Jeffrey Gonthier v Paquerette Denousse (Civil Appeal SCA 17/2016)  SCCA 46 (23 October 2018);
IN THE SEYCHELLES COURT OF APPEAL
[Coram: F. MacGregor (PCA) , B. Renaud (J.A), F. Robinson (J.A)]
Civil Appeal SCA 17/2016
(Appeal from Supreme Court Decision MA/2013)
Arising out of CS DV 146/2010
Heard: 23 August 2018
Counsel: Mr. Guy Ferley for the Appellant
Mr. Joel Camille for the Respondent
Delivered: 23 October 2018
F. Robinson (J.A)
- The facts leading to this appeal are set out in the judgment of the President of the Court of Appeal of Seychelles, F. MacGregor, who has, in his judgment, dismissed the appeal. Renaud J.A, in a separate judgment, allowed the appeal. I was also of the opinion that the appeal should be dismissed. I stated that I will give reasons for my opinion in a separate judgment. I now give reasons.
- The respondent (then the petitioner) instituted these proceedings under the Matrimonial Causes Act CAP 124 (hereinafter referred to as the "Act"). In her petition the respondent sought the following orders from the Court:
"(i) The Honourable Court be pleased to declare a half share in favour of the Petitioner in the land comprised in Title V5971 situated at Le Niole, Mahe, Seychelles and the matrimonial home standing thereon;
(ii) The Respondent be ordered to pay me the value of a half share in the land Title V5971 with the matrimonial home thereon, to the Petitioner;
(iii) The Respondent be directed to pay the costs of this matter; and
(iv) The Court makes any other orders that is deems fit and reasonable in the circumstances.".
- The appellant (then respondent) resisted the petition.
- The evidence establishes that the appellant and the respondent hold the land comprised in title number V5971 jointly. Article 815 of the Civil Code of Seychelles Act states: "[i]n the absence of evidence to the contrary it is presumed that co-owners are entitled to equal shares". The evidence does not establish whether or not the appellant and the respondent are registered as the owners of the land comprised in title number V5971 with absolute title or with qualified title. Under section 20 (a) and (b) of the Land Registration Act CAP 107:
"(a) the registration of a person as the proprietor of land with an absolute title shall vest in him the absolute ownership of that land, together with all rights, privileges and appurtenances belonging or appurtenant thereto;
(b) the registration of a person as the proprietor of land with a qualified title only shall not affect or prejudice the enforcement of any right or interest adverse to or in derogation of the title of the proprietor and subsisting or capable of arising at the time of registration of that proprietor; but save as aforesaid shall have the same effect as registration of a person with an absolute title."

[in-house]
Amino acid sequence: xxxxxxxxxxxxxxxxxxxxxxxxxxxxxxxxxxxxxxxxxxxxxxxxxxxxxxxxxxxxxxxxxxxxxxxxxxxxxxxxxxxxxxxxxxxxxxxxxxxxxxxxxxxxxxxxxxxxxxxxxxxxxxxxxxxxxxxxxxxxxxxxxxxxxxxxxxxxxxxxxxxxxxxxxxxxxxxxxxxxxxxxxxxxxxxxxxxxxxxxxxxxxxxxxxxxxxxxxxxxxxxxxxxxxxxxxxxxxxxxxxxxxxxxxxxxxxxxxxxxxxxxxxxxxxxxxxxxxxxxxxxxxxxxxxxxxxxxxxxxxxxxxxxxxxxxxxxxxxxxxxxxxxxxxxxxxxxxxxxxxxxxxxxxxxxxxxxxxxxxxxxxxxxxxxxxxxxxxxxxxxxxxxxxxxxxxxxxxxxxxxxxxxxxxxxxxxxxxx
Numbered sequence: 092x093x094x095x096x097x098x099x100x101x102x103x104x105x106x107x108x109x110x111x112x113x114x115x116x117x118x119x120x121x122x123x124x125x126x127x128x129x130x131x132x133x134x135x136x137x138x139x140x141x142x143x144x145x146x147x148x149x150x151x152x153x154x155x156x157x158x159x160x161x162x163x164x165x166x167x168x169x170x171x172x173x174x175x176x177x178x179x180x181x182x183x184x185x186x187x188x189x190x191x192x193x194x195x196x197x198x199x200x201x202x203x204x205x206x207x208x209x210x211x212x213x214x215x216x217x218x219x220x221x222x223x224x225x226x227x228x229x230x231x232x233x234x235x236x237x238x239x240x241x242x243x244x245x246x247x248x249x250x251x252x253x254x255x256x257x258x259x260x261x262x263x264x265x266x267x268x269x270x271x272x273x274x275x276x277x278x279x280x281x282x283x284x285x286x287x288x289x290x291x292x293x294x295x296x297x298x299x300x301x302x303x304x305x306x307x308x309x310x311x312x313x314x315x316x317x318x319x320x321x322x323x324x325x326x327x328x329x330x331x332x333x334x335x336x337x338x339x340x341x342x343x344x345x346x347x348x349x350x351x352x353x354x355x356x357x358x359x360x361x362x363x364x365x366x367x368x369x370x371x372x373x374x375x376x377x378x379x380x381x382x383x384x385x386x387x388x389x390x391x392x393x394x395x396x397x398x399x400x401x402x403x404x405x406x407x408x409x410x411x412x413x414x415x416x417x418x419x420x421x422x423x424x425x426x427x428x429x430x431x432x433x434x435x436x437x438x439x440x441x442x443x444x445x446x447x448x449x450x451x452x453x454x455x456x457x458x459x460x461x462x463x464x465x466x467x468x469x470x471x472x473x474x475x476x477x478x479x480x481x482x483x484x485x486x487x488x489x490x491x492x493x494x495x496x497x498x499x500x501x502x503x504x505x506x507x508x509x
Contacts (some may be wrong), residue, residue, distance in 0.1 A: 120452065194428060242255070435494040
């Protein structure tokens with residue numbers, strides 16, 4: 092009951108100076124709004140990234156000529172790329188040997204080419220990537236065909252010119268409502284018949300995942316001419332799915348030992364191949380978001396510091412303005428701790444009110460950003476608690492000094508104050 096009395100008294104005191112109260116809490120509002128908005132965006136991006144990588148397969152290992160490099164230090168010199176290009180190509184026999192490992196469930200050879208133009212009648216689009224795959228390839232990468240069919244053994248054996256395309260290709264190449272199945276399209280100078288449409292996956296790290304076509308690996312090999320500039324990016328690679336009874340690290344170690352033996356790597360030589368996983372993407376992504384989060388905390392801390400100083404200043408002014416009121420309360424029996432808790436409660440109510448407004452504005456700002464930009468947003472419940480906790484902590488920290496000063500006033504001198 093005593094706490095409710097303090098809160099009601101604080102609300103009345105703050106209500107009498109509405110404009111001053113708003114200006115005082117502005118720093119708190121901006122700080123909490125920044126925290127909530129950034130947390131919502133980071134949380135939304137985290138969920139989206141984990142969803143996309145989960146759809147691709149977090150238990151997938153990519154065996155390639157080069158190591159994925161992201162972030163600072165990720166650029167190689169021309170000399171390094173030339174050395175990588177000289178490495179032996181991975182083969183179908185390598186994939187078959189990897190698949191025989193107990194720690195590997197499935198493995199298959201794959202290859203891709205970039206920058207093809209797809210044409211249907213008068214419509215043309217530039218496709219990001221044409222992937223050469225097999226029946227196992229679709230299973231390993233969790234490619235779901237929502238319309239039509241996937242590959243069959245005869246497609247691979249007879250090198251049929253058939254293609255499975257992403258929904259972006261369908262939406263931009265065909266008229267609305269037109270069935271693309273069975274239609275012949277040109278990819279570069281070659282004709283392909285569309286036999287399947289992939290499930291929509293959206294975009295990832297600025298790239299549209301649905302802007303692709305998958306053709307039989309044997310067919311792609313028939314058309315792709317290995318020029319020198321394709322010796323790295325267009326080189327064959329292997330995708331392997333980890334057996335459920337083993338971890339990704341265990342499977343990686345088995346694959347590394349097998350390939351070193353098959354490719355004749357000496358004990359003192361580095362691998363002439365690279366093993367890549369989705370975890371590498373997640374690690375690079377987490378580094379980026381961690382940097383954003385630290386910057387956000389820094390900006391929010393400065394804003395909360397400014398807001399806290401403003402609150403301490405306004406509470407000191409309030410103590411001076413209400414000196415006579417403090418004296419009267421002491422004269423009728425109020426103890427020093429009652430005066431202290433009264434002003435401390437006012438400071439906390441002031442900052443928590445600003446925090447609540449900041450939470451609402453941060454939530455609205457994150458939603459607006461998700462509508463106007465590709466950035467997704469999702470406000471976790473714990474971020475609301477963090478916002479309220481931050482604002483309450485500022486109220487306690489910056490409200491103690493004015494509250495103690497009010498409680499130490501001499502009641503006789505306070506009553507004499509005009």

- The learned trial Judge, at paragraph  of his judgment, made the following orders ―
" Having also considered the fact that the petitioner in terms of document P1 has title to a half share to the property and the aforementioned factors contained herein, this court is satisfied that the petitioner has established on a balance of probabilities that she is entitled to the reliefs claimed in the prayer of the petition. This court therefore holds in favour of the petitioner and proceeds to:
(a) Declare a half share in favour of the petitioner in the land comprised in Title V5971 situated at Le Niole, Mahe, Seychelles and the matrimonial home standing thereon;
- Order the respondent to pay the petitioner, the current market value of a half share in the land Title V5971 and the matrimonial home thereon;
- Each party to bear their own costs."
- In the light of the above, for the present I am only concerned with whether or not the Supreme Court had jurisdiction, under section 20 (1) (g) of the Act, on the application of the respondent in respect of her property to the marriage, to make such orders, as it thinks fit, for her benefit. Section 20 of the Act deals with financial provision and property adjustment orders in connection with divorce proceedings. The property adjustment orders for the purposes of section 20 (1) (g) of the Act are the orders concerned with property rights available for the purpose of adjusting the financial situation of the parties to a marriage and the children of the family on or after the grant of a conditional order of divorce, nullity of marriage or judicial separation.
- Section 20 (1) (g) of the Act provides:
"20 (1) Subject to section 24, on the granting of a conditional order of divorce or nullity or an order of separation, or at any time thereafter, the court may, after making such inquiries as the court thinks fit and having regard to all the circumstances of the case, including the ability and financial means of the parties to the marriage-
(g) make such order, as the court thinks fit, in respect of any property of a party to a marriage or any interest or right of a party in any property for the benefit of the other party or a relevant child.".
- As I understand it, the respondent has instituted these proceedings, asking the Supreme Court to make such orders in respect of her property to the marriage for her benefit, under section 20 (1) (g) of the Act. A careful reading of section 20 (1) (g) of the Act expresses that the Court may make such order, as the Court thinks fit, in respect of any property that is owned, or in which an interest or right is held by a party to a marriage, for the benefit of the other party. In that regard, I am convinced that the Court had no jurisdiction under section 20 (1) (g) of the Act, on the application of the respondent, in respect of her property to the marriage, to make the orders prayed for. It is plain that the respondent’s property cannot be dealt with under the Court’s powers to make property adjustment orders under section 20 (1) (g) of the Act.
F. Robinson (J.A)
Signed, dated and delivered at Palais de Justice, Ile du Port on 23 October 2018